Solstice- moving towards the light to shine the light!
We shall not cease from exploration and the end of all our exploring will be to
arrive where we started and know the place for the first time. — TS Eliot
Inspiration and guest expert
We are borrowing inspiration and text from a Financial Times article on ‘The Art of Exploring’, from Wade Davis. Wade is a gifted writer, anthropologist and explorer in residence at the National Geographic Society. He will be our guest expert on May 6th. Read more about all our live satellite calls here www.exploringbytheseat.com/hiti
How far can you travel?
Unlike any of our other expeditions we find ourselves having the boldest, most impactful adventure from the same location, Bamsebu, for 16 months. This begs the question: How far can you travel if you don’t go anywhere? Given that crossing borders, fulfilling Easter vacation plans or jetting off to any remote location is severely restricted we have to wonder how you are all fulfilling your dreams, ambitions and needs. We travel by observing and participating in what is right outside our door.
From -24°C to +1°C in 12 hours
For us in the High Arctic being here is to be rendered vulnerable, humble and reverent. We are keen observers to the dramatic shifts from season to season and from day to day. Nothing is taken for granted, not even a good mood. In the space of 12 hours, we went from -24°C to +1°C. The winds went from 0 to 32 m/s.
Scared? Yes, a little
The hut has stood the test of time since 1930. Is it built to last? We hope so, but we are living in a time where nothing can be left to chance so we literally tied down the roof of the cabin – one hefty webbing strap across the front and one across the back. We were expecting the most violent hurricane winds ever predicted. Scared? Yes, a little. We had our clothing, waterproof bag with satellite phone, safety gear, thermos, extra clothes and a spare key for the emergency cabin in case the roof blew off.
To know a place is to be immersed in it. To understand the violent shifts in weather, the ways wildlife adapts, to feel compassion for every single living thing that lives the word ‘adaptation’. We try to understand the things we cannot see, like microscopic algae. And the things we can see, the 600 kg polar bear wandering the stretch of open ice for food.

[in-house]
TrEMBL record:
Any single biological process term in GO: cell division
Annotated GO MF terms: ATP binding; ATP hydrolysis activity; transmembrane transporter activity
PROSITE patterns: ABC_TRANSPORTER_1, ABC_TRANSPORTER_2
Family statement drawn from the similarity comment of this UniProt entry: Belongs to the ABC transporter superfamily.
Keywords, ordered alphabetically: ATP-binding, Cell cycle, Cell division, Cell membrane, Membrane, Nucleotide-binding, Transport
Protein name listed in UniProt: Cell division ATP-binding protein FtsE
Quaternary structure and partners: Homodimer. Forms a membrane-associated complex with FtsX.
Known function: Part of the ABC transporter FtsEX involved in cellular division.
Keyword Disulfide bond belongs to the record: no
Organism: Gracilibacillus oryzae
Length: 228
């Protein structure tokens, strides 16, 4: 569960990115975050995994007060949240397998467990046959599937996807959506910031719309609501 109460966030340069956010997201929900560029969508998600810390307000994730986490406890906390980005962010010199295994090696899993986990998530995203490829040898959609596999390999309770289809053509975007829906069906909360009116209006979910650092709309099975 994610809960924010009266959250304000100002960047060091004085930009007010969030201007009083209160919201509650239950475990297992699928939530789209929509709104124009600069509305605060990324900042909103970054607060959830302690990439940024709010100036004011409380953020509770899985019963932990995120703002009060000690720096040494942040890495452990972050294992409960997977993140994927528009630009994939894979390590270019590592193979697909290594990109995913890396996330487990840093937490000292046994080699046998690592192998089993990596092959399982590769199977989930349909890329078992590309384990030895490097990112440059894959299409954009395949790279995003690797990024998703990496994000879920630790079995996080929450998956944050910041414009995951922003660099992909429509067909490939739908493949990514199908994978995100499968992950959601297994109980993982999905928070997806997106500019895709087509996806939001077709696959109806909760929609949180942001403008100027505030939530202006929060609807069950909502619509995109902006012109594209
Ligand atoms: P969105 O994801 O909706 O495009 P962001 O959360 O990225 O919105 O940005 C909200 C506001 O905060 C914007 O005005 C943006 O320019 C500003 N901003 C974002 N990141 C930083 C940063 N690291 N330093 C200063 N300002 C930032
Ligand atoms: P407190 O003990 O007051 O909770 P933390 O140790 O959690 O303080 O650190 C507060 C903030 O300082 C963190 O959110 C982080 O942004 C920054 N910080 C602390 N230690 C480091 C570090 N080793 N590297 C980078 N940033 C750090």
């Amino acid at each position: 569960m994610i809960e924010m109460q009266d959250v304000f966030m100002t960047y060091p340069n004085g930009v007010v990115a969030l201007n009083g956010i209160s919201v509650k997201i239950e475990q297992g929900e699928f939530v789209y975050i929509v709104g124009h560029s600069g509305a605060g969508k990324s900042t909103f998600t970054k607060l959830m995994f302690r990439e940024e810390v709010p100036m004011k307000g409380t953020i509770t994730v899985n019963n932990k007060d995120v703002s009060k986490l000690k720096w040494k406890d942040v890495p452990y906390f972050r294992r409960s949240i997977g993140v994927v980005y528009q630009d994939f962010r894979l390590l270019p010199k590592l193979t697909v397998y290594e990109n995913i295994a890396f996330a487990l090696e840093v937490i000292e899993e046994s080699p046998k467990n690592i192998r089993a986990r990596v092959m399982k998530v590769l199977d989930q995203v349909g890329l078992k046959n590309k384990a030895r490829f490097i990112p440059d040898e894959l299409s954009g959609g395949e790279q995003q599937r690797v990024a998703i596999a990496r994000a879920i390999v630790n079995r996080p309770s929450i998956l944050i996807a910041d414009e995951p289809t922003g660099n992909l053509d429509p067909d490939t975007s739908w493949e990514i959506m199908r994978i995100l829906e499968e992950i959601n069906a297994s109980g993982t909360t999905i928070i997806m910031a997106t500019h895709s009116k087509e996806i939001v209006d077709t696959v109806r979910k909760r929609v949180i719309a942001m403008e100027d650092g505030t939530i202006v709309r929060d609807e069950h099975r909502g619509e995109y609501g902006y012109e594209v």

Great Explorer Knud Rasmussen’s holy grail
Wade Davis writes about the greatest Arctic explorer of all time, the Dane Knud Rasmussen.
“He had no interest in being the first to do anything; his ambitions had nothing to do with self. Rather, his holy grail was not an object or a place, but a state of mind, a depth of understanding that would allow him to reveal to the world the wonder of Inuit life. His life’s mission was to know the world as they did, to understand the patterns of their lives, to enter their realms of magic and shamanic power. With knowledge as his goal, cultural understanding the quest, Rasmussen completely redefined the promise and potential of exploration not only in the Arctic but throughout all the far reaches of the inhabited world”.
From climate despair to climate optimism
Our goal has always been to take people out of Climate despair, a form of depression and into Climate optimism which is about hope and action. We are living in a most awe-inspiring world and you need not travel far to understand this- just step out into your backyard or look up at the night sky. Breathe in the wonder. It is all around!
In case you missed Hearts in the Ice in the news- recent clips here:
A Spanish article in El Ágora.
Link to the press release, Tomorrows Air.
Link to the press release with Hyundai.